Minneapolis-based chef, author, and cooking instructor Raghavan Iyer came out with “660 Curries” in 2008, his third book and a stupendous feat, a text-only trove of surprisingly varied, clear recipes that I still use regularly.
I was excited to learn that “Indian Cooking Unfolded: A Master Class in Indian Cooking With 100 Easy Recipes Using 10 Ingredients or Less,” streamlined for user-friendliness in American home kitchens, was in the works.
The new book’s format uses a handful of recipes that literally fold out into a spread to showcase step-by-step photography (a feature that’s more and more popular in today’s cookbooks). Combined with Iyer’s unusually vivid prose style, the overall effect is like having a kitchen GPS; it’s almost impossible to fail. We tested a cornucopia of sides, starches, and mains, and — apart from a few sour faces from the young ones when I forgot to dial down the heat — it was a parade of hits.
A Master Class in Indian Cooking With 100 Easy Recipes Using 10 Ingredients or Less
Poppadums, the ubiquitous lentil wafers of India, are fun to make if you haven’t before. You simply pass them over an open burner till they blister and bubble. We ate them with Iyer’s chili-spiked onions, which, except for the chilies, is pretty much identical to pico de gallo. Naan, the Indian flatbread, is so effortless to make (you don’t even need yeast) that it’s practically a must any time you happen to have the grill on anyway.
Mustard and almond crab cakes are held together with egg and ground almonds for a delicate texture that stands in contrast to the bright kick of dry mustard. Baked samosas with phyllo dough spring to life with a homemade garam masala, crumbled spinach, and paneer, folded like mini flags and baked. They’re easy enough to make as an appetizer even on a weekday, and tasty enough to eat several as a meal.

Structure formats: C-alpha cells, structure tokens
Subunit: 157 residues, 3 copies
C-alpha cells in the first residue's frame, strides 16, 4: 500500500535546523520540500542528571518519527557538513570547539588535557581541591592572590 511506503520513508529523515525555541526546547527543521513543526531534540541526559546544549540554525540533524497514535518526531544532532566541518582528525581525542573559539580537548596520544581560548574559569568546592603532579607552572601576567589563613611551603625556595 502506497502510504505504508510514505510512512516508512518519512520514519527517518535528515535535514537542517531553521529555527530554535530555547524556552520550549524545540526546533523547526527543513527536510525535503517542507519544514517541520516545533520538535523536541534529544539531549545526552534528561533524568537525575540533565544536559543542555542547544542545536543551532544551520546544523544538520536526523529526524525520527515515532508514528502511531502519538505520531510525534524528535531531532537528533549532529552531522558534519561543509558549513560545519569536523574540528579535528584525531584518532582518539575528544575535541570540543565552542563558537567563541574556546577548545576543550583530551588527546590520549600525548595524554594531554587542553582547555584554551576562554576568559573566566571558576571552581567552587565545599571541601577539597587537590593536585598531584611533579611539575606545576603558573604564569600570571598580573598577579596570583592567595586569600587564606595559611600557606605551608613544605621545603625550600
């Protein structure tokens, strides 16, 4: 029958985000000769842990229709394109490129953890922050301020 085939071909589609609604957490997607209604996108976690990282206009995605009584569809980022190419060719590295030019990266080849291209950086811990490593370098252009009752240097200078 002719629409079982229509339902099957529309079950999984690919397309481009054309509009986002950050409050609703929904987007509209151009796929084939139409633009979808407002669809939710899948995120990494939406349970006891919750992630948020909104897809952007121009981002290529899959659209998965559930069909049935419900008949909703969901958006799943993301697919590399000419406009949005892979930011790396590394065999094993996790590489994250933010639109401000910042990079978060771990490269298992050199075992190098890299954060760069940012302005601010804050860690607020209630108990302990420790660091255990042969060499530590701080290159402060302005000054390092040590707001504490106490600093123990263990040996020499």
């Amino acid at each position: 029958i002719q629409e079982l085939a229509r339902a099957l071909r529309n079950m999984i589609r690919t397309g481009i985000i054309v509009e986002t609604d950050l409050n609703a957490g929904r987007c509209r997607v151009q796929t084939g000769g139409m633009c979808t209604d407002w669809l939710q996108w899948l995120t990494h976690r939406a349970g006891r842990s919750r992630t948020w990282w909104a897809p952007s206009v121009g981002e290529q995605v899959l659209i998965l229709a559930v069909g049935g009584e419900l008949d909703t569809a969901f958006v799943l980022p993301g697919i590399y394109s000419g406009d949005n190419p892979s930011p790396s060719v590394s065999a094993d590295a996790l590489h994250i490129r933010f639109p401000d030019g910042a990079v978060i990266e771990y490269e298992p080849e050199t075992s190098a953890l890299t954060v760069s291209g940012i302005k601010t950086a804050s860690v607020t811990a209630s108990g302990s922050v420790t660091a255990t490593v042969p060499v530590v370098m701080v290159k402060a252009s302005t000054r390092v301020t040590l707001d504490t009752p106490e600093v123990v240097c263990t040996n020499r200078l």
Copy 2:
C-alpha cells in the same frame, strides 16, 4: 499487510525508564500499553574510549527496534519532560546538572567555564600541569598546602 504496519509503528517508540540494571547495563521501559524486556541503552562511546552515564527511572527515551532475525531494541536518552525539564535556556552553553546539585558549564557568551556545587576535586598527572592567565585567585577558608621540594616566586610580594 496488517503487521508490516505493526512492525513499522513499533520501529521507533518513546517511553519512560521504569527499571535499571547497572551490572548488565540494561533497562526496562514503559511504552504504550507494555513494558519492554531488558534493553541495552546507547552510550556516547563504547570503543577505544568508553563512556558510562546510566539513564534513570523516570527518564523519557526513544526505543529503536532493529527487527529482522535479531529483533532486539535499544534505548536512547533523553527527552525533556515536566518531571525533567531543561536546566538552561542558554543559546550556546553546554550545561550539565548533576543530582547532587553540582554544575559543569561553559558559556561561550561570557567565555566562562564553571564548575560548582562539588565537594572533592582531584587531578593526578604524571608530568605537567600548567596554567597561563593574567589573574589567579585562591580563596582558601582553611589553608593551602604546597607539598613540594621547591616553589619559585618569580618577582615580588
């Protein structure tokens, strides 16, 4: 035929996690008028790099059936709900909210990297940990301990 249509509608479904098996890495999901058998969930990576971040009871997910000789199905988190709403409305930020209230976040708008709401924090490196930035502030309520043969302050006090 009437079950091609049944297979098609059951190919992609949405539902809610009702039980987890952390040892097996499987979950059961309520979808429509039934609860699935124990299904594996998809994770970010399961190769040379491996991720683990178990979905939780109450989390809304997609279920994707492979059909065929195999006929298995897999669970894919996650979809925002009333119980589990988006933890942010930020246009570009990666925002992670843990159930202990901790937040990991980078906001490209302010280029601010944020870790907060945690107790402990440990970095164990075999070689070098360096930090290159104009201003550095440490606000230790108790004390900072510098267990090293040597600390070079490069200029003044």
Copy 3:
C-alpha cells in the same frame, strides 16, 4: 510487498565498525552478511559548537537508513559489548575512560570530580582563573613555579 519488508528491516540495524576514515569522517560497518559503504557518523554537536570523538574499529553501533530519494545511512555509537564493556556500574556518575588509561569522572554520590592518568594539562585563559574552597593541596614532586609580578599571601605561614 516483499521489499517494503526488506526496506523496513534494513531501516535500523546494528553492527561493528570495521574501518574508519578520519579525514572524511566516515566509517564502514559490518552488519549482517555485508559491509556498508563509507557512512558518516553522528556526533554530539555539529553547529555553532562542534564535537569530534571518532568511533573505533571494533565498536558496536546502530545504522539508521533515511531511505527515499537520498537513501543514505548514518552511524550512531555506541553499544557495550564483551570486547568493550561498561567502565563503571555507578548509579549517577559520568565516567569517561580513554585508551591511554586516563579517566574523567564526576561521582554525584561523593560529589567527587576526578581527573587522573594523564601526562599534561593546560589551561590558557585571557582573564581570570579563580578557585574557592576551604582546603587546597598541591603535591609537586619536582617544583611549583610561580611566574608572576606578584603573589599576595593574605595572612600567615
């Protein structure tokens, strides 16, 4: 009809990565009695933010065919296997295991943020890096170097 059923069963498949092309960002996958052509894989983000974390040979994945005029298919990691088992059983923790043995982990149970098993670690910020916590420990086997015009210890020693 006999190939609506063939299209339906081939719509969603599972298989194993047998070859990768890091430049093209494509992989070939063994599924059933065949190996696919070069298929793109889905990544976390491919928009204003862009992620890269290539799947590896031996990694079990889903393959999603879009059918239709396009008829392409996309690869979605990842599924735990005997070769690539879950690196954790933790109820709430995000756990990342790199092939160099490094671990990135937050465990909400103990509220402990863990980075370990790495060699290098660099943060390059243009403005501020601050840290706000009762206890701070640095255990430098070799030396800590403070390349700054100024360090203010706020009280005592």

Proteins tend to be either simple or speedy. Pan-fried fillets of tilapia are mild, with an almondy coat whispering of fennel and mustard. Curry powder is nothing to be ashamed of, it turns out, when it pairs with ginger and garlic for results like Iyer’s Ultimate Chicken Curry. It’ll take you beyond the 10-ingredient limit if you make the powder yourself, but it’s a 5-minute effort that’s worthwhile if you have a spice grinder.
Grilled baby back ribs are probably the last thing you’d expect from an Indian cookbook, but I swear they are the best I’ve ever had (and I have eaten a lot of ribs). These are lightly shellacked, rather than sauced, with an intoxicating blend of tamarind, cumin, and maple. They outshone the sweet-scented pilaf (bay, cinnamon, cloves) I made as an accompaniment, but to be fair, I think they would have outshone just about anything.
The smallest gestures ignite Iyer’s sides, giving each a star turn. Turmeric hash browns are thrillingly crisp on the outside from a long, well-guarded sojourn in cast iron. A green bean dish provided a “Finally!” moment, the vegetable exploding with the flavors of lime, mustard, nutmeg, and almonds. Toasted coconut makes the sweetness of fresh corn in a salad sing, while crispy okra fries are the sort of food you can’t stop eating. Quartered lengthwise for slenderness and gilded with a chickpea flour batter, the okra is great with store-bought tamarind-date chutney, though go ahead and reach for the ketchup. And they are unexpectedly slime-free (the secret is to keep the okra, cutting board, and knife perfectly dry during prep).
A few recipes — citrusy cabbage, chickpea curry, cauliflower and peas — were overshadowed by the rest. They’re more on the order of weekday work-
In a kitchen bookcase, I keep the 50 or so books I cook from regularly. It’s full. But “Indian Cooking Unfolded” is so genial and persuasive, I’ll have to make room for one more.
T. Susan Chang can be reached at firstname.lastname@example.org.